Given a choice of whom to believe, reliably pro-Trump commentators, such as Tucker Carlson, Ann Coulter and Mike Cernovich chose the media, Charles E. Schumer and Nancy Pelosi over the president.
Mark it down: This is the week that Trump's “fake news” attack lost its power.
In the past, Trump's boosters would have rushed to assure his supporters that the president is totally committed to the wall and claimed that the media are trying to drive a wedge between Trump and his base by manufacturing a narrative about supposed flimsiness.
That was Breitbart News's contention last month, when The Washington Post published the transcript of a telephone conversation between Trump and Mexican President Enrique Peña Nieto in which Trump said the wall is “the least important thing we are talking about, but politically this might be the most important.”
“Very fake news: Trump didn't say the wall wasn't important,” read a Breitbart headline. The accompanying article asserted that “instead, the new president of the United States (POTUS) shows an indefatigable commitment to his 'Make America Great Again' agenda — which included toughness on immigration, crime, trade and the border wall.”
That was some astounding spin. Now, even Breitbart is echoing the mainstream media and reporting that Trump is, indeed, waffling on the wall.
About 4 p.m. Thursday, Trump's reelection campaign sent an email to supporters that was signed by the president.
“Let me set the record straight in the simplest language possible,” he said in the email. “We will build a wall (not a fence) along the Southern border of the United States of America to help stop illegal immigration and keep America safe. Apparently, liberals in Congress and the mainstream media need one more reminder that building the wall is nonnegotiable.”
On Friday afternoon, the Trump campaign sent this text message to supporters:
Notice that Trump didn't deny that funding for the wall is not part of a tentative DACA deal in either message. He merely said that he will build the wall at some point; in fact, he told reporters on Thursday that “the wall will come later.”
Breitbart was not assuaged by the president's words. This is what the site's homepage looked like on Friday:
On Fox News, Carlson led off his Thursday night show with a stinging rejection of Trump's position that allowing hundreds of thousands of undocumented immigrants to remain in the United States does not amount to “amnesty.”
“It would be a massive amnesty,” Carlson said. “It would be the biggest ever granted in American history. This is thrilling news for Democrats and for open-borders advocates everywhere. In return for this concession, the president receives nothing — no reduction in overall immigration totals, no tightened restriction on foreign workers who take jobs from Americans, no E-Verify to prevent illegal immigrants from working under the table, no end to chain migration.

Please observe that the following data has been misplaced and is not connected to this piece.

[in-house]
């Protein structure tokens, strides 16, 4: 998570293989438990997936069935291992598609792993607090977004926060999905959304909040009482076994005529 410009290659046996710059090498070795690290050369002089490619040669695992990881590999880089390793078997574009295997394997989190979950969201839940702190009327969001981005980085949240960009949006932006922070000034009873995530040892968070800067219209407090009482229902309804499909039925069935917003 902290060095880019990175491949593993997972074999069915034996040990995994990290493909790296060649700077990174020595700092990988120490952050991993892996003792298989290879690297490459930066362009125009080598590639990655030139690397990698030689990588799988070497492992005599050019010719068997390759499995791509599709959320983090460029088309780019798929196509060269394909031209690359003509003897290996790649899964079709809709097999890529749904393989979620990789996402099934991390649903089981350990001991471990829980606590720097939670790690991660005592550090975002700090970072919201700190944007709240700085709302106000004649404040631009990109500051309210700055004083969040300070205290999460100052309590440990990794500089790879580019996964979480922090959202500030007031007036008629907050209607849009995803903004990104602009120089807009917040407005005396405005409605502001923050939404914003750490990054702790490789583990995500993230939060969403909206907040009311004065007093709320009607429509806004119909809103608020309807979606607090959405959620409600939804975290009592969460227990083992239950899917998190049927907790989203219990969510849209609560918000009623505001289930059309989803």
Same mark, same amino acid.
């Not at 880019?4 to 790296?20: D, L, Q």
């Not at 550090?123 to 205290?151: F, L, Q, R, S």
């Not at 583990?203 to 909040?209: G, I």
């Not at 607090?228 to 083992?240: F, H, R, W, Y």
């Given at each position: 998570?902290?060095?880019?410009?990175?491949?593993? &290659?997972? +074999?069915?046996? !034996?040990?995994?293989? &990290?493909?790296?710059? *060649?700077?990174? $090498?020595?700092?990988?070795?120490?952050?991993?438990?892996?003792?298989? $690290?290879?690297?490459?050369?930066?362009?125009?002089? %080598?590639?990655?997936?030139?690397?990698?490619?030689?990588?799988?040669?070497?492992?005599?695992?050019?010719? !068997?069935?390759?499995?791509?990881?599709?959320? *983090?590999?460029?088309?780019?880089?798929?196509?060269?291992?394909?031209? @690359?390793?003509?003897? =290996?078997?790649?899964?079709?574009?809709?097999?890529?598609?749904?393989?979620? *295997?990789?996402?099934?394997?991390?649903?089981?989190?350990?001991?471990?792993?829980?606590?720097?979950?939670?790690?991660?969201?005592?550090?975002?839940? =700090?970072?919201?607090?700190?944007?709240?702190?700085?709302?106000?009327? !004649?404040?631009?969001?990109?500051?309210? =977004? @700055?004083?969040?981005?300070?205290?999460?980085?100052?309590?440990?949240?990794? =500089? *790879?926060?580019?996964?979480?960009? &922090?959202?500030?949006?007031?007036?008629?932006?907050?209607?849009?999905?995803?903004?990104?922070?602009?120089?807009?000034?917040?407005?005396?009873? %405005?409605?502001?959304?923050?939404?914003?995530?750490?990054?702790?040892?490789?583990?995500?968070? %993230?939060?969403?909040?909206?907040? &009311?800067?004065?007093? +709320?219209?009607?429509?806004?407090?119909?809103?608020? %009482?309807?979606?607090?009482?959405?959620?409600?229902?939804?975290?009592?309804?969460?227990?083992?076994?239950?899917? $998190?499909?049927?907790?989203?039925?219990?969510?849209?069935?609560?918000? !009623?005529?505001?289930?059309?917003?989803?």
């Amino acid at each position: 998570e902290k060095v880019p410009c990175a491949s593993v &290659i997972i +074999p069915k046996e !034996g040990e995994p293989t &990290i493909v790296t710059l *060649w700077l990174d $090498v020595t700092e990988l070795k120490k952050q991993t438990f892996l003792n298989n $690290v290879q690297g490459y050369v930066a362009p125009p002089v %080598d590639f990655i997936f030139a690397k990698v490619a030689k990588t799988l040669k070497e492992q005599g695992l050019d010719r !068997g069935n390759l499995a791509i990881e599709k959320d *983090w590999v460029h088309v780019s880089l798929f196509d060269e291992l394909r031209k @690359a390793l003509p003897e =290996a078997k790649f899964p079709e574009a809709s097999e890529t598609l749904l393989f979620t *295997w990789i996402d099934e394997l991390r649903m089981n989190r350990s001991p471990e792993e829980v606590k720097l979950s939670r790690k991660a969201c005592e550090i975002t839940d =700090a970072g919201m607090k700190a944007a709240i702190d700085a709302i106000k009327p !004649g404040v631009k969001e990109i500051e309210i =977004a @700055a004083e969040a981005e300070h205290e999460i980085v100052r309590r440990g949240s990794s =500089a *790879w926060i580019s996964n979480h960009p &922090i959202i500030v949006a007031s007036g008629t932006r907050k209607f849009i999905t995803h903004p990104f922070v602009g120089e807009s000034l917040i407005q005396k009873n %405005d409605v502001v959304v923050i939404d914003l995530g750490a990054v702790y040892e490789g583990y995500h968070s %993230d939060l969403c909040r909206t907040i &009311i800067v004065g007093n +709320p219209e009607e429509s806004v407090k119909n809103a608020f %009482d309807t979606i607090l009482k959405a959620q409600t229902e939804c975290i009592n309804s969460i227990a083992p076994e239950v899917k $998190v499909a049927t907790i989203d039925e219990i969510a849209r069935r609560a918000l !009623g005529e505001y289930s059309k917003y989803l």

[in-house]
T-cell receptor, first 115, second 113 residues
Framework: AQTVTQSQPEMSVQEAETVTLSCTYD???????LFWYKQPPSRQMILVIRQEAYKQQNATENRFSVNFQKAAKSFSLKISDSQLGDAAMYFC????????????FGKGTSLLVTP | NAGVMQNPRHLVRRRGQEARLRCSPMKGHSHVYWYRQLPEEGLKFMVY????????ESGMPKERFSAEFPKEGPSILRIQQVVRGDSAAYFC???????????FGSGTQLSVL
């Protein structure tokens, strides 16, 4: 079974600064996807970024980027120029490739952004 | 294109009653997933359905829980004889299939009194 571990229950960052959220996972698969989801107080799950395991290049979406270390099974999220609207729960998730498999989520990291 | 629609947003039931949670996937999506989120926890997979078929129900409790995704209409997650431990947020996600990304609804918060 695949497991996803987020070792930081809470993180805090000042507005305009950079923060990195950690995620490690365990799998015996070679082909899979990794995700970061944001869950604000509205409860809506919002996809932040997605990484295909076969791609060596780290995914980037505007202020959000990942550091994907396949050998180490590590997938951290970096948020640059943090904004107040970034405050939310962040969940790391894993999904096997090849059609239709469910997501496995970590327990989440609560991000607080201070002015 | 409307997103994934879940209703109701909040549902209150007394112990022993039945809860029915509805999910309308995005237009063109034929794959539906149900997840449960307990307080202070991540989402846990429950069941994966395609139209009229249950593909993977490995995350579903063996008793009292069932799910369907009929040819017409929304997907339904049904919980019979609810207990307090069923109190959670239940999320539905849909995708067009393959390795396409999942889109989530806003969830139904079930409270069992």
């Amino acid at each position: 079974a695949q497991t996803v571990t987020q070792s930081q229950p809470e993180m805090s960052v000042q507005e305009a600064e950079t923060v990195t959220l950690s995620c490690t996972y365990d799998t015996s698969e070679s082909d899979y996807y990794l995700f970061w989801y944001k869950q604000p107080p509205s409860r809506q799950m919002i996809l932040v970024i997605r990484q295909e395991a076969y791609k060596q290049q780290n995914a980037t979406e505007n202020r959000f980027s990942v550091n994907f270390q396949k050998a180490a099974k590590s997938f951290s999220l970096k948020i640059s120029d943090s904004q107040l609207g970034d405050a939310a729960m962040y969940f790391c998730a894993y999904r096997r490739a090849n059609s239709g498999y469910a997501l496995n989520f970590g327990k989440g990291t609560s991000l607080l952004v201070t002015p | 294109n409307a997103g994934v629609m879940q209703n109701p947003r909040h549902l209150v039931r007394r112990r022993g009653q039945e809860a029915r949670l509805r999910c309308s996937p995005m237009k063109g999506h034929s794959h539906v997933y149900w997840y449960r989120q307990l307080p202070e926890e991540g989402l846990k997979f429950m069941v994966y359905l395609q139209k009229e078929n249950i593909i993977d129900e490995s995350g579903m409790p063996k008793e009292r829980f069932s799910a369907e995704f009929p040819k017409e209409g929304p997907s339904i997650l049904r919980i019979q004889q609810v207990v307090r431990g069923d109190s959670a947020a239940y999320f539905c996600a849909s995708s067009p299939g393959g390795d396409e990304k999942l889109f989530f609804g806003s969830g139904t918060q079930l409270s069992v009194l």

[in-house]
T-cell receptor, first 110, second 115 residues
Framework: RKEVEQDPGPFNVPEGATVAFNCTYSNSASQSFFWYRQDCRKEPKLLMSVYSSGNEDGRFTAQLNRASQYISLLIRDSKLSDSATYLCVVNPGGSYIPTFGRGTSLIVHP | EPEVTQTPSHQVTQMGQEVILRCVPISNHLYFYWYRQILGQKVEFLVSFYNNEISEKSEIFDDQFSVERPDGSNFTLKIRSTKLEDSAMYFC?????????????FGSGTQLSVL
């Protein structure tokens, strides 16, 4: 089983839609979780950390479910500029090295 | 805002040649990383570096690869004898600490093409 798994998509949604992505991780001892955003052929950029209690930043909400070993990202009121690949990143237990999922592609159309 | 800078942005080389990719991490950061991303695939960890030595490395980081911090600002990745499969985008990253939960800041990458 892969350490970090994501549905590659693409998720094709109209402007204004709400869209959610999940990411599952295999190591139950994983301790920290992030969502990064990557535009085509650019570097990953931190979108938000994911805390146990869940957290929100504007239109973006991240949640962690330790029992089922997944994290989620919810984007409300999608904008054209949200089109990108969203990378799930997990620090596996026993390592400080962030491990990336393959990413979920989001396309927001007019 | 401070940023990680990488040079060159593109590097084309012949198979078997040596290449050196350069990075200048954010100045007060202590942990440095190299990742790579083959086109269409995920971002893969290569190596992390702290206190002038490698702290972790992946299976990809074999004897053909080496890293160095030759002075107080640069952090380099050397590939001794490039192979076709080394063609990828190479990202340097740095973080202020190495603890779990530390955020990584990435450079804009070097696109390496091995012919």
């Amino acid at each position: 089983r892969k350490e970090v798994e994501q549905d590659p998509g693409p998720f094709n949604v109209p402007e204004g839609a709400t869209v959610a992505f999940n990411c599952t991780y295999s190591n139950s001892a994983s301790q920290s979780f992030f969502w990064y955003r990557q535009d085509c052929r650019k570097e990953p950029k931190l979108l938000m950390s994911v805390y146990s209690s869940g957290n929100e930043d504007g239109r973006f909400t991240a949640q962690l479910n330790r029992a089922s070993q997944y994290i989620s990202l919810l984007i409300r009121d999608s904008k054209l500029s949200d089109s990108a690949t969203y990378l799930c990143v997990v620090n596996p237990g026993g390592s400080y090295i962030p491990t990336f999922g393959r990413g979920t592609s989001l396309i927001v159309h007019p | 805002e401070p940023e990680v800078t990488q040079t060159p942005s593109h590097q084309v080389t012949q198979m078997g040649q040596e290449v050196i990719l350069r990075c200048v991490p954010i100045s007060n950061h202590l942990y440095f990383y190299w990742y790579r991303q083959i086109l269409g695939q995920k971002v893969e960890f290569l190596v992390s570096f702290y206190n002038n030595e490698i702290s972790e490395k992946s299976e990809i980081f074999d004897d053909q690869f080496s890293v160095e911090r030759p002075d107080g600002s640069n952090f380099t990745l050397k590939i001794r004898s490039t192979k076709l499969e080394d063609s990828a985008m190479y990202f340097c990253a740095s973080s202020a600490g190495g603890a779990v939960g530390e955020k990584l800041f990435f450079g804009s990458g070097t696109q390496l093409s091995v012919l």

“The president isn't even getting a border wall, though he insisted he will somehow get one later, possibly. … Well, the president seems confident it will all work out in the end, but there's no reason to be optimistic. The fate of DACA recipients is, by far, the best piece of leverage he has or ever will have. If he gives it away for free, none of his other immigration priorities — the priorities he ran on and won the presidency with — will even be considered.”
On Twitter, Coulter fumed that Trump was “easily rolled” by Democratic leaders. Cernovich, an Infowars host, tweeted that it was “insane” for Trump to let DACA recipients stay in the country without demanding money for the border wall.
In a truly head-spinning exchange, Cernovich fired back at a Trump supporter who dismissed a New York Times report by Maggie Haberman as “fake news.”
“Pretty much any Haberman-Trump story is good to go,” Cernovich tweeted. “That's reality.”
You read that right: An Infowars host told a Trump supporter that the New York Times is not fake news.
The Infowars website also highlighted MAGA hat-burning on Friday and questioned Trump's dedication to his “America First” agenda.
None of this means the term “fake news” is dead or that every single Trump booster is calling BS on the president's claim that he is as determined as ever to build the wall.
“There hasn't been a cave yet,” Rush Limbaugh told his radio audience on Thursday, urging patience, “but it looks like there might be.”
The significance of this week is that Trump can no longer cry “fake news” when the media reports on a broken promise, and count on his boosters to help keep the faith. In a credibility war with the media, Trump's victory is not automatic, even in the eyes of his most ardent admirers.